1. Unified Field Theory – The four fundamental forces in nature are the strong nuclear force, the weak force, electromagnetism and gravity. After his theory of relativity, Einstein spent the remainder of his life trying to develop a theory that would unify all four forces. If such a theory can be developed, it is thought that it would be the “holy grail of physics” — A Theory of Everything.
2. What is dark matter and dark energy? When the Hubble telescope began to operate, scientists found evidence that visible matter is only 5 percent of the universe; 70 percent of the universe is dark energy and 25 percent is dark matter. Nobody has any idea what dark energy might be; what they need is data and that data might be discovered in the LHC.
3. Do energy strings exist? String theory is a mathematical theory based on a model of one-dimensional energy strings (think tiny rubber bands billions of times smaller than an atom). Physicists say that string theory will explain questions that cannot be explained in the Standard Model.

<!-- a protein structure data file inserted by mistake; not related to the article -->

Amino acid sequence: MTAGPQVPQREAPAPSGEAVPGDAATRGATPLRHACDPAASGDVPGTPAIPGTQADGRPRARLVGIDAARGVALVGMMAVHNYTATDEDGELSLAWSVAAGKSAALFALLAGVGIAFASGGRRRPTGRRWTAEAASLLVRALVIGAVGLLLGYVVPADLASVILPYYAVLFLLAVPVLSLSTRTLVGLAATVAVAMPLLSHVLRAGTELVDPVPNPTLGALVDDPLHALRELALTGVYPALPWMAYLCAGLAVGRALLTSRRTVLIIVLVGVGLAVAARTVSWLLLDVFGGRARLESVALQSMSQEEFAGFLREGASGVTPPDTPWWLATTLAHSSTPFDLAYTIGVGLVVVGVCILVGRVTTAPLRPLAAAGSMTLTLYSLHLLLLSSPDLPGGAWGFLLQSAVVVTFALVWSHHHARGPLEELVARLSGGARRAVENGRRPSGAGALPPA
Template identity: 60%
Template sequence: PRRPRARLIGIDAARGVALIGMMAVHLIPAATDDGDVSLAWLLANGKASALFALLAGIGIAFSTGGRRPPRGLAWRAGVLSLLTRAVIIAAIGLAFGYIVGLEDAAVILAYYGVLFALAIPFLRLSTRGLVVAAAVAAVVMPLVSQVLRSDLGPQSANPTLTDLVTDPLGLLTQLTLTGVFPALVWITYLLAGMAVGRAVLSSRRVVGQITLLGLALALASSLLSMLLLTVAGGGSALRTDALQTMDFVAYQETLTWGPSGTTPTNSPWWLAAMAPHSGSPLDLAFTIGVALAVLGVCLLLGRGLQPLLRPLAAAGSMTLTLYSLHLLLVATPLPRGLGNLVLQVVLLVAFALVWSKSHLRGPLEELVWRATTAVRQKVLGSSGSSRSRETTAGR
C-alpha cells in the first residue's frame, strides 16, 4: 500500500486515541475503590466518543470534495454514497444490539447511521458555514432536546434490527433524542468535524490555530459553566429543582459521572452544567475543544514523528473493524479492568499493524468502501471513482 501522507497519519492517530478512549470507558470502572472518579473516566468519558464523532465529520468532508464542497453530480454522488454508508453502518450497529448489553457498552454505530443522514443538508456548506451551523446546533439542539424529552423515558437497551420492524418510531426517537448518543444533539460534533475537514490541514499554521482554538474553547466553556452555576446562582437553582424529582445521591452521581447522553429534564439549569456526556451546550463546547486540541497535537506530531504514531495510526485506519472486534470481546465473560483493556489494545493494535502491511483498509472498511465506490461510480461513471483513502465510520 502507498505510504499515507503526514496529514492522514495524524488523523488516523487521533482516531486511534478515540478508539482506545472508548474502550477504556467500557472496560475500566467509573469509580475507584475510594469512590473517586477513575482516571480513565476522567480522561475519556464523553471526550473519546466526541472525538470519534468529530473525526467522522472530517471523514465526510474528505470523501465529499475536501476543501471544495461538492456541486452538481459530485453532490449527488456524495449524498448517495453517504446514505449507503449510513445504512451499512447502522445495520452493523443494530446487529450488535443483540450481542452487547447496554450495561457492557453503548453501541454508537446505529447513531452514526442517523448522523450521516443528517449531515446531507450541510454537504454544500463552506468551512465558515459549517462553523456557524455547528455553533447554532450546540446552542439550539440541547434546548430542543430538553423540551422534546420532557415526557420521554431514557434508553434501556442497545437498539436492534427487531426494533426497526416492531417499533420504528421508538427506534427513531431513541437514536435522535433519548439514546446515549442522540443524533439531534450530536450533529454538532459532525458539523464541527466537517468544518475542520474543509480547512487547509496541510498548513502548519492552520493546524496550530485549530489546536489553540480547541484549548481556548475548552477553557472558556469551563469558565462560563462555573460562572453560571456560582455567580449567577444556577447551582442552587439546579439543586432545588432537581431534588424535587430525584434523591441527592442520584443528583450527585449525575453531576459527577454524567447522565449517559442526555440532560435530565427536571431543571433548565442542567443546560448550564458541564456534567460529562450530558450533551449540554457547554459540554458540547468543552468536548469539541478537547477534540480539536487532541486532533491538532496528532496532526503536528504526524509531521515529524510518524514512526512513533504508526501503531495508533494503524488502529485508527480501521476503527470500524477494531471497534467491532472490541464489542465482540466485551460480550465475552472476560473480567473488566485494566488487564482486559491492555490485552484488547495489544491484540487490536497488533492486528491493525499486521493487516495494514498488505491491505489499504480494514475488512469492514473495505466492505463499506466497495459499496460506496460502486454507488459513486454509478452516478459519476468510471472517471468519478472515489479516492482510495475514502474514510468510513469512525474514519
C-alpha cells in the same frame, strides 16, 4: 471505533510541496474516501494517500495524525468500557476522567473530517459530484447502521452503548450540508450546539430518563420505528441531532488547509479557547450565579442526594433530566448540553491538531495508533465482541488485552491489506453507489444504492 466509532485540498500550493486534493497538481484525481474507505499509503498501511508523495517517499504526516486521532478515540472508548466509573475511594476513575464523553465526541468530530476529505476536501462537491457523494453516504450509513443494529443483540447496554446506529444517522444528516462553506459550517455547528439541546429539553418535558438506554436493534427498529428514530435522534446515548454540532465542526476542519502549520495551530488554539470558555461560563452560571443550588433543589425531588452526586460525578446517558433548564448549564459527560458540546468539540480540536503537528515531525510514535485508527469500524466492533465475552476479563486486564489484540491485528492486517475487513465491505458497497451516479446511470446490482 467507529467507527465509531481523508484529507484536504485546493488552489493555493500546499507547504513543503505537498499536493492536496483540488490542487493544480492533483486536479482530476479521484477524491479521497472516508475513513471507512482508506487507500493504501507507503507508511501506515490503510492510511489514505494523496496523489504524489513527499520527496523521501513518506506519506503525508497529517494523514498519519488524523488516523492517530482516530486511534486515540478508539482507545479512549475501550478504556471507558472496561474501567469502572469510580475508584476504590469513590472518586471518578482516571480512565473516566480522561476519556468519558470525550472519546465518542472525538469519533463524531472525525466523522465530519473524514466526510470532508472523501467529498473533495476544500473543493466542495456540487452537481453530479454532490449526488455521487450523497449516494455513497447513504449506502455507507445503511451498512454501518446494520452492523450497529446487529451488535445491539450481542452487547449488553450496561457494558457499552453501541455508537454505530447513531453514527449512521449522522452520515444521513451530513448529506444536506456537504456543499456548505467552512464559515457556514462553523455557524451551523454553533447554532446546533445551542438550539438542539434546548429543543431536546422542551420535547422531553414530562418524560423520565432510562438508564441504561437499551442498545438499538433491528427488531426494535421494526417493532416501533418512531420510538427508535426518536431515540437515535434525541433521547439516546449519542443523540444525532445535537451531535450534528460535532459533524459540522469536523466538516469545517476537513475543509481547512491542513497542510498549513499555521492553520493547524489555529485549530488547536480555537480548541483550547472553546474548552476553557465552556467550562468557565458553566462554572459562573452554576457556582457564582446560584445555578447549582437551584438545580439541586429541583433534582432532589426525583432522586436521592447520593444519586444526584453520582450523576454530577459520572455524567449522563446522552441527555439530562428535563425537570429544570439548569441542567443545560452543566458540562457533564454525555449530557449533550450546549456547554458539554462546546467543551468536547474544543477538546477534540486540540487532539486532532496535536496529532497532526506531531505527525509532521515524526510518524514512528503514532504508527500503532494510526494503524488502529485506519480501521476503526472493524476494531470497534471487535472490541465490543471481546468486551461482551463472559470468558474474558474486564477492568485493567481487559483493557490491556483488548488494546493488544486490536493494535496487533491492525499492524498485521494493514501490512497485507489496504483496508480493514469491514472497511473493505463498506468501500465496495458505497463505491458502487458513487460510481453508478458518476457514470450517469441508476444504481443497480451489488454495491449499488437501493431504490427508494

4. Are there other dimensions? One version of string theory posits there are 10-11 dimensions. These extra dimensions may become detectable at very high energies such as those created in the LHC.
5. Nanotechnology – This is the science of manipulating materials at the subatomic level to create new materials with new advantages like strength, corrosion resistance, conductivity, etc. Using the LHC to find even smaller particles than are now known could produce a whole new level of nanotechnology.